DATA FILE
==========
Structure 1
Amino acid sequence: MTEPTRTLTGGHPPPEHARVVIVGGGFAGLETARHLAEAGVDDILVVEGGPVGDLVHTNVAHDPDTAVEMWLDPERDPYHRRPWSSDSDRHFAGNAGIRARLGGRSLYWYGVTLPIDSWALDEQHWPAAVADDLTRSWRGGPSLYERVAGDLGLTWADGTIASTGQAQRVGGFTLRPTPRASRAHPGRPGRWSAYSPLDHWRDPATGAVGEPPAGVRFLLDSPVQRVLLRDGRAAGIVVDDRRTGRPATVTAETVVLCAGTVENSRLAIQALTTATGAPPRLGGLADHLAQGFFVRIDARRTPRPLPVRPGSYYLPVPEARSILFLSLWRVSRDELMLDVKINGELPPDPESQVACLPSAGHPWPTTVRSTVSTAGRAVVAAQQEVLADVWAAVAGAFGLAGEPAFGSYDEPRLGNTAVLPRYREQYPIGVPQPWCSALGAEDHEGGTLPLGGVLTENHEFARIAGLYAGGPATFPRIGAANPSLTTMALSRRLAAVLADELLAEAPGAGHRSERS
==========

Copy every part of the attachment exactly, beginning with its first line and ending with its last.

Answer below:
Structure 1
Amino acid sequence: MTEPTRTLTGGHPPPEHARVVIVGGGFAGLETARHLAEAGVDDILVVEGGPVGDLVHTNVAHDPDTAVEMWLDPERDPYHRRPWSSDSDRHFAGNAGIRARLGGRSLYWYGVTLPIDSWALDEQHWPAAVADDLTRSWRGGPSLYERVAGDLGLTWADGTIASTGQAQRVGGFTLRPTPRASRAHPGRPGRWSAYSPLDHWRDPATGAVGEPPAGVRFLLDSPVQRVLLRDGRAAGIVVDDRRTGRPATVTAETVVLCAGTVENSRLAIQALTTATGAPPRLGGLADHLAQGFFVRIDARRTPRPLPVRPGSYYLPVPEARSILFLSLWRVSRDELMLDVKINGELPPDPESQVACLPSAGHPWPTTVRSTVSTAGRAVVAAQQEVLADVWAAVAGAFGLAGEPAFGSYDEPRLGNTAVLPRYREQYPIGVPQPWCSALGAEDHEGGTLPLGGVLTENHEFARIAGLYAGGPATFPRIGAANPSLTTMALSRRLAAVLADELLAEAPGAGHRSERS